How to avoid condensation on roof windows

Are your roof windows all steamed up this winter? Here's how to avoid condensation building up in your home.

Why does condensation form?

Condensation occurs mainly in winter when hot air inside houses finds cold surfaces, such as window glass or a poorly insulated wall.

The water produced by cooling air turns into condensate and settles on surfaces like windows.

Cooking, showering and drying clothes at home are among the most common culprits in the production of humidity and when combined with poor ventilation, they can increase condensation.

Due to their position, roof windows are more prone to condensation: warm air rises upwards and finds the glass of roof windows, which are the ones most exposed to rain, wind, ice and snow.

To maintain optimal air quality, it is therefore necessary to ventilate and heat correctly.

Condensation in the bathroom is common

How to avoid condensation

To obtain an optimal climate in winter, the relative humidity of the air should be around 40 - 50%.

To avoid the formation of humidity follow these simple rules:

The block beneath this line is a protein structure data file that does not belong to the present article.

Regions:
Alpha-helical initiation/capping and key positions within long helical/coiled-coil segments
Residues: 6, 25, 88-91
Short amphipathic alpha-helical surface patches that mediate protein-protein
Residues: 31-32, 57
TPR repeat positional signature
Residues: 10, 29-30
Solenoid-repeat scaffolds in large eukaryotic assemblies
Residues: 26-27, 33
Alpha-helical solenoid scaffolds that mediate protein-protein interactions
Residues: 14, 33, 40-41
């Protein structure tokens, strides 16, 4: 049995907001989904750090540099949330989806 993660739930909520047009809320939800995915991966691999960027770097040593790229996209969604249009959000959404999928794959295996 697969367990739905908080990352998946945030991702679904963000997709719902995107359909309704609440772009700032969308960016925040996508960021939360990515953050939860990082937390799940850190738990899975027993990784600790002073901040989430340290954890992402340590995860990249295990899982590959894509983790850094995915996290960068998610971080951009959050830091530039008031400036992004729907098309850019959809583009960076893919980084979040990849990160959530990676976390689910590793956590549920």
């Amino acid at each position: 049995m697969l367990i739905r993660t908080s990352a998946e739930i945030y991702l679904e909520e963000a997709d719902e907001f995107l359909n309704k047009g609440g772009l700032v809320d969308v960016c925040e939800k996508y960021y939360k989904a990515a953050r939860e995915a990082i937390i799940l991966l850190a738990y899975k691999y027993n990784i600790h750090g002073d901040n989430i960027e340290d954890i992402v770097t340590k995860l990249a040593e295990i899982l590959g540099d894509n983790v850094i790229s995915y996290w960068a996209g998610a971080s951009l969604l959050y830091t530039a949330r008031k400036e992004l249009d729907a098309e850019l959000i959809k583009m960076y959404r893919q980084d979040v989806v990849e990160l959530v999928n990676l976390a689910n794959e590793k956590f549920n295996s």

• When cooking or showering, close the door to keep the air moist inside the room. Then open the windows to disperse the humidity and only then open the door.
  • Avoid using humidifiers on radiators. They’re not necessary in modern homes.
  • If you need to dry clothes inside the house, use a closed room and let it air as soon as you can.
Always air rooms to avoid condensation

How to get rid of condensation

If condensation is present, the only effective way to eliminate it is to adequately ventilate the rooms.

To get good ventilation, open all windows 5 times a day for 5 - 10 minutes to create cross ventilation. This allows a complete exchange of air without cooling the premises.

Stack effect for ventilation

Roof windows are perfect for what’s known as the stack effect: hot and humid air comes out of the top windows while fresh air comes in from the windows below.

Don’t ventilate with the heating on: opening the windows releases the heated air with consequent energy consumption. In addition, the area near the window cools down, and the warm indoor air can lead to condensation even faster.


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